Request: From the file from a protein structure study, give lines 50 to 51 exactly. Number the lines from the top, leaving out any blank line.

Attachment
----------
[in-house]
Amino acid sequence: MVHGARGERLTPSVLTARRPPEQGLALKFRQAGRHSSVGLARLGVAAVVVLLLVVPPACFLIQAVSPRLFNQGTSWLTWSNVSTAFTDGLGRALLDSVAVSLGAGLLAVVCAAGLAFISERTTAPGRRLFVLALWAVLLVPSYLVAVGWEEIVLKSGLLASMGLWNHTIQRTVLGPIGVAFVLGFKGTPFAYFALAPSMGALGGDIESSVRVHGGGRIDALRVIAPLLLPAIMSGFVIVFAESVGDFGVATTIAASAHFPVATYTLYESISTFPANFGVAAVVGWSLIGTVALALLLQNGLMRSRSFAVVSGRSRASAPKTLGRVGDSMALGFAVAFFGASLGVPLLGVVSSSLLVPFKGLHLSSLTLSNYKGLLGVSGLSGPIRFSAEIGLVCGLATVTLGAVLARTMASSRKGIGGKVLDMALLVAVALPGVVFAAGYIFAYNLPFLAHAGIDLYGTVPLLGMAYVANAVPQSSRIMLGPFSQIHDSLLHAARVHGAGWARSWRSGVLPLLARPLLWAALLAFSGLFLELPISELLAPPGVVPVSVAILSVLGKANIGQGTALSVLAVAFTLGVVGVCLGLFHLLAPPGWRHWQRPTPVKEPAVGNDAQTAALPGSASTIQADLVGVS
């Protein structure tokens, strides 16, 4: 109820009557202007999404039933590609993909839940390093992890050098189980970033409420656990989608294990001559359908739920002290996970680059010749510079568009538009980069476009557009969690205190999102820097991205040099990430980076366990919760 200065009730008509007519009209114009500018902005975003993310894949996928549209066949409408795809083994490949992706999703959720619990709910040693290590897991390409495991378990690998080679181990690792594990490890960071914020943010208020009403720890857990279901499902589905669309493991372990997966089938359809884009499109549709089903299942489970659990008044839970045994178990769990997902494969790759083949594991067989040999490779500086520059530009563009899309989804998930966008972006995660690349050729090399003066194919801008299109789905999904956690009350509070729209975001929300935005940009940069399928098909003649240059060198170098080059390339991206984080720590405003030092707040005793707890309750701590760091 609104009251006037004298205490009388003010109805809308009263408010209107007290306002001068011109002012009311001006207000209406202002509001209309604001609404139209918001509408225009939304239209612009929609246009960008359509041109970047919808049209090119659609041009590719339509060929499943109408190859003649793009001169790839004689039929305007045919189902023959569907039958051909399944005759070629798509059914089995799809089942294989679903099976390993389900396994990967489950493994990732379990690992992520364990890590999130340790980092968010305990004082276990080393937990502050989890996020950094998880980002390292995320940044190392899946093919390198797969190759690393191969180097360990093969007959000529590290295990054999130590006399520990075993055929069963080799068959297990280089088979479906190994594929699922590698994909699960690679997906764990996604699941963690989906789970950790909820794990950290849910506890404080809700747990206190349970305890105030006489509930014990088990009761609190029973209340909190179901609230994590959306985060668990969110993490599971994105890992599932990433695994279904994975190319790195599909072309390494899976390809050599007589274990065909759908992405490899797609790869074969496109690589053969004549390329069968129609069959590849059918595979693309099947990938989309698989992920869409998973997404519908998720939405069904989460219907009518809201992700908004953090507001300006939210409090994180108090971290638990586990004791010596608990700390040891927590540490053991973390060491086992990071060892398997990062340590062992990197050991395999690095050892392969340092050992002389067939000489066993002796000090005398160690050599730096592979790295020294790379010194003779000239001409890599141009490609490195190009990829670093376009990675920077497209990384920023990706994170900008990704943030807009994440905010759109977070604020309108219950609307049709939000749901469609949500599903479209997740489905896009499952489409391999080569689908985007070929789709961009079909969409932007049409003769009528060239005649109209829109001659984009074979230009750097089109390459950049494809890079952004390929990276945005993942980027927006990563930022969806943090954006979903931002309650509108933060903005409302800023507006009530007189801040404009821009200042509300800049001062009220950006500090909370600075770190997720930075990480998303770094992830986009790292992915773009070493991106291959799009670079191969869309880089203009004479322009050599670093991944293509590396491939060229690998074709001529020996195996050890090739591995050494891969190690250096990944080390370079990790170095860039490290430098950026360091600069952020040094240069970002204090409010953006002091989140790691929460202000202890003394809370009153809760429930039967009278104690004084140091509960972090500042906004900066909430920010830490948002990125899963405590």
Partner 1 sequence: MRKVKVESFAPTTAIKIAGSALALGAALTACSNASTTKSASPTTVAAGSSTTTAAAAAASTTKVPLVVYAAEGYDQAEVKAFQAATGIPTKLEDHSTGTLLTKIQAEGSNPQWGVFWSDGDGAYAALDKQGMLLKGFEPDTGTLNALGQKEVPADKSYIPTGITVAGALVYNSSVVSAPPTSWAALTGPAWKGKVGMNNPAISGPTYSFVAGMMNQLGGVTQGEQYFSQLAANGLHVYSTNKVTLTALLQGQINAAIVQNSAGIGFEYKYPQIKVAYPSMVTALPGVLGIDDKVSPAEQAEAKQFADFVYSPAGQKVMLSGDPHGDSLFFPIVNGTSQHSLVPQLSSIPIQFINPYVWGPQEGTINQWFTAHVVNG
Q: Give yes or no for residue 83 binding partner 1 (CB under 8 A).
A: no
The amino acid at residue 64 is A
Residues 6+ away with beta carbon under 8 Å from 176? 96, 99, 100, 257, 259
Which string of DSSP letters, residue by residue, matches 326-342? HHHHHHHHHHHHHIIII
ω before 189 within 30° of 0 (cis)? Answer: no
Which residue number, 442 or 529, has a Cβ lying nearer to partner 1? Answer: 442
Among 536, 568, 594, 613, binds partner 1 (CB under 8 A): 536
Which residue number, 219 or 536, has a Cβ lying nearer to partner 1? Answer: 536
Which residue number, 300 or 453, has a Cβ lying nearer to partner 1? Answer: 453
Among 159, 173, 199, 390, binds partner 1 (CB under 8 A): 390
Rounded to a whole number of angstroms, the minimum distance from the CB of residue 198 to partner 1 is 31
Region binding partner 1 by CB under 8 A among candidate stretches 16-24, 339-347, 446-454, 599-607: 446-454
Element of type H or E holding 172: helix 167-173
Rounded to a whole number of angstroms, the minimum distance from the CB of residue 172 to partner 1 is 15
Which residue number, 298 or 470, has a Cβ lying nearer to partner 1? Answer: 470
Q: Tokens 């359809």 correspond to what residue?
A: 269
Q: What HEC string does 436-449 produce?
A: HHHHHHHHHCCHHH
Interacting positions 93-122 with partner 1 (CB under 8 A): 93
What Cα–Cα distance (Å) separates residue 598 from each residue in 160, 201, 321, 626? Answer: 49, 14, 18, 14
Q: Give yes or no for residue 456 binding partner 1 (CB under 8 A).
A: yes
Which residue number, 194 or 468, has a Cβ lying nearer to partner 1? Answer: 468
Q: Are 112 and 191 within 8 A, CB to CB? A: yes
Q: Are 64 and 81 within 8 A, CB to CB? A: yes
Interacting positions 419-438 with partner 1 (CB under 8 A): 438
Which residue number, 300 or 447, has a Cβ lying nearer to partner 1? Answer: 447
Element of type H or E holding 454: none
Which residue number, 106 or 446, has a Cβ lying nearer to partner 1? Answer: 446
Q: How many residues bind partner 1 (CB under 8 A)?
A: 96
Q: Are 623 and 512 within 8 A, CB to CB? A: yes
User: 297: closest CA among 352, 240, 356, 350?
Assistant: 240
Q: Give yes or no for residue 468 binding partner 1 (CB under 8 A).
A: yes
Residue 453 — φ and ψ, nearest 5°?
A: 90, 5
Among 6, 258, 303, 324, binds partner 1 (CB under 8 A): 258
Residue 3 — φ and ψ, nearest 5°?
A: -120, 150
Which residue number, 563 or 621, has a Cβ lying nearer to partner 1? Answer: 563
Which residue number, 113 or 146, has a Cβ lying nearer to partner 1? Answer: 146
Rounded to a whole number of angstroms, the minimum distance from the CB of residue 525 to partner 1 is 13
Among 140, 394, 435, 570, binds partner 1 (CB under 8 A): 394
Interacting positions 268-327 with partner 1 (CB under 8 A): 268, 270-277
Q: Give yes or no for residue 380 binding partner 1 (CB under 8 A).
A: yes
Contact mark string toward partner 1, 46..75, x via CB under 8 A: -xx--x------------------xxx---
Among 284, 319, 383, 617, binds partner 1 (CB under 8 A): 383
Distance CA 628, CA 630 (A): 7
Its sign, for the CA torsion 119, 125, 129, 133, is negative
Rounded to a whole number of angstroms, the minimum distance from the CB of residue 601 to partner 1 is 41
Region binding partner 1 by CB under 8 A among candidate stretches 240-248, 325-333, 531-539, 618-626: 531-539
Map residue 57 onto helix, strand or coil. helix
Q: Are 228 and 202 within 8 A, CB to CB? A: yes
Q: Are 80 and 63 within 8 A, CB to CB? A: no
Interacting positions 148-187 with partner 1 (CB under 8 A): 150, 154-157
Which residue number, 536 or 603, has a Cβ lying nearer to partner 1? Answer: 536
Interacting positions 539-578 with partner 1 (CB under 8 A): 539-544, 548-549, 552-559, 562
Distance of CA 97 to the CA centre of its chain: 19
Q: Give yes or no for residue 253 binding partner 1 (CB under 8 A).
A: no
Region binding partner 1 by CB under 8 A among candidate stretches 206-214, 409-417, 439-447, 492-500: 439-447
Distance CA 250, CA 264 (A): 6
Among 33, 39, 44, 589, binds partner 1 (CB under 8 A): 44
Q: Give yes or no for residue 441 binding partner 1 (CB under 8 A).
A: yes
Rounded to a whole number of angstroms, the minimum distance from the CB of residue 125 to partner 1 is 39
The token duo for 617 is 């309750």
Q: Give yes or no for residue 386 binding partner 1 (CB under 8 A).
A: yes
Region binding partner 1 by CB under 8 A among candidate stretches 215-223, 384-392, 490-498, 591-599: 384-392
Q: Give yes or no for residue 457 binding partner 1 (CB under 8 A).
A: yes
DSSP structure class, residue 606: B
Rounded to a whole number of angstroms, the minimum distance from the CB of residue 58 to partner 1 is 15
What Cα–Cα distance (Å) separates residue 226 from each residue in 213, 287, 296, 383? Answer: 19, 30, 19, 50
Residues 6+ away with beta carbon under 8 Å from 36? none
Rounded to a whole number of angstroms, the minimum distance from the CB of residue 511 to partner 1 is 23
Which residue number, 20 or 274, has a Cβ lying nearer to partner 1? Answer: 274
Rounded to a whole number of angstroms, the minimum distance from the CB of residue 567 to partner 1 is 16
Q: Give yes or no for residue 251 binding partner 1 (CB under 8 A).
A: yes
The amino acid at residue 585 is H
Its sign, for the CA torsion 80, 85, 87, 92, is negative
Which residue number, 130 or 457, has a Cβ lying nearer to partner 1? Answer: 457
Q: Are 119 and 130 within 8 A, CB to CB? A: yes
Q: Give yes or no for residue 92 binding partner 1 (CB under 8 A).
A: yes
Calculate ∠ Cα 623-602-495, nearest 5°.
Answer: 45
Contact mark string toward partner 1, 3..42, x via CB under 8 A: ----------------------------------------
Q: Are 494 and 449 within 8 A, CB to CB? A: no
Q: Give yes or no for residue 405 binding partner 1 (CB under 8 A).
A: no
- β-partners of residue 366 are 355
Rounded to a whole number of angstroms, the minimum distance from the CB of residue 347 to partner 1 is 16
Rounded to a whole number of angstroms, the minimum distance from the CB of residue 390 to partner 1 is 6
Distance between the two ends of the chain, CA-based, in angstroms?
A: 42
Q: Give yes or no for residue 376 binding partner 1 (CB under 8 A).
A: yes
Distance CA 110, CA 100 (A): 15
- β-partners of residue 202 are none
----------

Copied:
Rounded to a whole number of angstroms, the minimum distance from the CB of residue 525 to partner 1 is 13
Among 140, 394, 435, 570, binds partner 1 (CB under 8 A): 394